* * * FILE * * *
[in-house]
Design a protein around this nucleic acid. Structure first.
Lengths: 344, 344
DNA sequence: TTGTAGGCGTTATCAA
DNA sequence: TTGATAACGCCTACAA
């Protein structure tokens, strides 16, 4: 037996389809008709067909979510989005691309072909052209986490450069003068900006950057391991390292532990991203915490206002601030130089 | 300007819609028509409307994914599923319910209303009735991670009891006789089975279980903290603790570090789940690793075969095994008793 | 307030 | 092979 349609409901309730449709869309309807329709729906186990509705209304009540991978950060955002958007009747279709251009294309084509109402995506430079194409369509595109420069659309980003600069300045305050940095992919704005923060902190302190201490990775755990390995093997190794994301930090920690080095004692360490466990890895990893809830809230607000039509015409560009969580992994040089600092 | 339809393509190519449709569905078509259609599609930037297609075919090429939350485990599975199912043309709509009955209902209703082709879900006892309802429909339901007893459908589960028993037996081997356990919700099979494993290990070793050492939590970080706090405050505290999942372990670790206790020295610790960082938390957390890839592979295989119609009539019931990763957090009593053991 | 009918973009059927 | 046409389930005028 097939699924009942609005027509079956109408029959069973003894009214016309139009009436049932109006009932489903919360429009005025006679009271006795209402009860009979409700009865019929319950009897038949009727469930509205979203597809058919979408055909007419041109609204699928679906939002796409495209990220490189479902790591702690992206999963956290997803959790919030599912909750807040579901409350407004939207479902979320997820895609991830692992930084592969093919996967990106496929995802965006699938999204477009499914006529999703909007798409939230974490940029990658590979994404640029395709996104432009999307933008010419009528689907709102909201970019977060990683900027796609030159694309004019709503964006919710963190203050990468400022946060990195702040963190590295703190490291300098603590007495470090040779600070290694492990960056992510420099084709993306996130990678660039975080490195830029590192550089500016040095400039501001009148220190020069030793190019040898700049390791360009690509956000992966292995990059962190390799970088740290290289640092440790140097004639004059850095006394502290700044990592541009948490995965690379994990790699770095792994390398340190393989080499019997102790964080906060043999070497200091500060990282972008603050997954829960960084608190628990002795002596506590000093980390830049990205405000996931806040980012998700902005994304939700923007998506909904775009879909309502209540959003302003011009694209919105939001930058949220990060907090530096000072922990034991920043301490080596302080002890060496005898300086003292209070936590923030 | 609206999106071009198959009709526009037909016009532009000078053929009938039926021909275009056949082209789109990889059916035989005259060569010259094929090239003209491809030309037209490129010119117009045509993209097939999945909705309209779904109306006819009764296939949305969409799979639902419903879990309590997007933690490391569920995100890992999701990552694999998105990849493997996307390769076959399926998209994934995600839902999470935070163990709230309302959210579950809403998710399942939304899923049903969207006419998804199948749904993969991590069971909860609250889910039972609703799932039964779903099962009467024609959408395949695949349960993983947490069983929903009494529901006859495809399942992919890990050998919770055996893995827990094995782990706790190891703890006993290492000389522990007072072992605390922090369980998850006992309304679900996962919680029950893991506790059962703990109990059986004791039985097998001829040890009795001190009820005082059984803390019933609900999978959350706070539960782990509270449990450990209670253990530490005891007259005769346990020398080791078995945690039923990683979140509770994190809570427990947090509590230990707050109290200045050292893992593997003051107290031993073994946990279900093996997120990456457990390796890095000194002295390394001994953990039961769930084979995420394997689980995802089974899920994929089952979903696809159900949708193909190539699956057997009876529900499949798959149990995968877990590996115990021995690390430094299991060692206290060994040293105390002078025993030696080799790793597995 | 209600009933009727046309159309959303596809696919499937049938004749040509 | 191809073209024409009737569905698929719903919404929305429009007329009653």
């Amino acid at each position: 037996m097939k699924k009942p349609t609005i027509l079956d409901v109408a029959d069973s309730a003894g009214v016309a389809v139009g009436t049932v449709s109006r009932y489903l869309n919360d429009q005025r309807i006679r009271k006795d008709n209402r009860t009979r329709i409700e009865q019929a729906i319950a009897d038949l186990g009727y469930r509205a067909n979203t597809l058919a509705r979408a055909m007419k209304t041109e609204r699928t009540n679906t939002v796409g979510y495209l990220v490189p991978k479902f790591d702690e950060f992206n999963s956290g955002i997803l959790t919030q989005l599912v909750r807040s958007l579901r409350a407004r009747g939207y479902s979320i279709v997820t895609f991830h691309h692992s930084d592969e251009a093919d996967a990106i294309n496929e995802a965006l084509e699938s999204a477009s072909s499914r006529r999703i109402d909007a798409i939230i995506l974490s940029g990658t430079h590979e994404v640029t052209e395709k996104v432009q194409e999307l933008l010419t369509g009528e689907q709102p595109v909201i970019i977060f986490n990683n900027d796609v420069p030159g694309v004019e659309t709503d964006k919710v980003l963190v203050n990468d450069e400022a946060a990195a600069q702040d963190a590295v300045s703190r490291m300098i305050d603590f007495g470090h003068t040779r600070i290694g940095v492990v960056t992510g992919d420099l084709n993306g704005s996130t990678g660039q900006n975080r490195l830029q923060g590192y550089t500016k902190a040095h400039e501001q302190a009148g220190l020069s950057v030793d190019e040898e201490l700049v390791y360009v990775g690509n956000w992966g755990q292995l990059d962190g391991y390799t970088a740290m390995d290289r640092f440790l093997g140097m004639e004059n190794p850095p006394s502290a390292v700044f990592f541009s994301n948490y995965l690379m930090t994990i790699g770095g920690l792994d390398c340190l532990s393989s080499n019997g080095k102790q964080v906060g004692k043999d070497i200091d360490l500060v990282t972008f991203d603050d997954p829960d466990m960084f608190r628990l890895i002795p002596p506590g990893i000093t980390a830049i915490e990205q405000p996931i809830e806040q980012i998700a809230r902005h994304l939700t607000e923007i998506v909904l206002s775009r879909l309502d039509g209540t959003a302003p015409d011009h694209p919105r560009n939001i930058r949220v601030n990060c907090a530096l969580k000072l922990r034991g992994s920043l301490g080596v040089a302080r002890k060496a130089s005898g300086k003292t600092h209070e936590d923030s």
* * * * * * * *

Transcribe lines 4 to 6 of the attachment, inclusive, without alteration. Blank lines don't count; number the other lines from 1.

DNA sequence: TTGTAGGCGTTATCAA
DNA sequence: TTGATAACGCCTACAA
């Protein structure tokens, strides 16, 4: 037996389809008709067909979510989005691309072909052209986490450069003068900006950057391991390292532990991203915490206002601030130089 | 300007819609028509409307994914599923319910209303009735991670009891006789089975279980903290603790570090789940690793075969095994008793 | 307030 | 092979 349609409901309730449709869309309807329709729906186990509705209304009540991978950060955002958007009747279709251009294309084509109402995506430079194409369509595109420069659309980003600069300045305050940095992919704005923060902190302190201490990775755990390995093997190794994301930090920690080095004692360490466990890895990893809830809230607000039509015409560009969580992994040089600092 | 339809393509190519449709569905078509259609599609930037297609075919090429939350485990599975199912043309709509009955209902209703082709879900006892309802429909339901007893459908589960028993037996081997356990919700099979494993290990070793050492939590970080706090405050505290999942372990670790206790020295610790960082938390957390890839592979295989119609009539019931990763957090009593053991 | 009918973009059927 | 046409389930005028 097939699924009942609005027509079956109408029959069973003894009214016309139009009436049932109006009932489903919360429009005025006679009271006795209402009860009979409700009865019929319950009897038949009727469930509205979203597809058919979408055909007419041109609204699928679906939002796409495209990220490189479902790591702690992206999963956290997803959790919030599912909750807040579901409350407004939207479902979320997820895609991830692992930084592969093919996967990106496929995802965006699938999204477009499914006529999703909007798409939230974490940029990658590979994404640029395709996104432009999307933008010419009528689907709102909201970019977060990683900027796609030159694309004019709503964006919710963190203050990468400022946060990195702040963190590295703190490291300098603590007495470090040779600070290694492990960056992510420099084709993306996130990678660039975080490195830029590192550089500016040095400039501001009148220190020069030793190019040898700049390791360009690509956000992966292995990059962190390799970088740290290289640092440790140097004639004059850095006394502290700044990592541009948490995965690379994990790699770095792994390398340190393989080499019997102790964080906060043999070497200091500060990282972008603050997954829960960084608190628990002795002596506590000093980390830049990205405000996931806040980012998700902005994304939700923007998506909904775009879909309502209540959003302003011009694209919105939001930058949220990060907090530096000072922990034991920043301490080596302080002890060496005898300086003292209070936590923030 | 609206999106071009198959009709526009037909016009532009000078053929009938039926021909275009056949082209789109990889059916035989005259060569010259094929090239003209491809030309037209490129010119117009045509993209097939999945909705309209779904109306006819009764296939949305969409799979639902419903879990309590997007933690490391569920995100890992999701990552694999998105990849493997996307390769076959399926998209994934995600839902999470935070163990709230309302959210579950809403998710399942939304899923049903969207006419998804199948749904993969991590069971909860609250889910039972609703799932039964779903099962009467024609959408395949695949349960993983947490069983929903009494529901006859495809399942992919890990050998919770055996893995827990094995782990706790190891703890006993290492000389522990007072072992605390922090369980998850006992309304679900996962919680029950893991506790059962703990109990059986004791039985097998001829040890009795001190009820005082059984803390019933609900999978959350706070539960782990509270449990450990209670253990530490005891007259005769346990020398080791078995945690039923990683979140509770994190809570427990947090509590230990707050109290200045050292893992593997003051107290031993073994946990279900093996997120990456457990390796890095000194002295390394001994953990039961769930084979995420394997689980995802089974899920994929089952979903696809159900949708193909190539699956057997009876529900499949798959149990995968877990590996115990021995690390430094299991060692206290060994040293105390002078025993030696080799790793597995 | 209600009933009727046309159309959303596809696919499937049938004749040509 | 191809073209024409009737569905698929719903919404929305429009007329009653």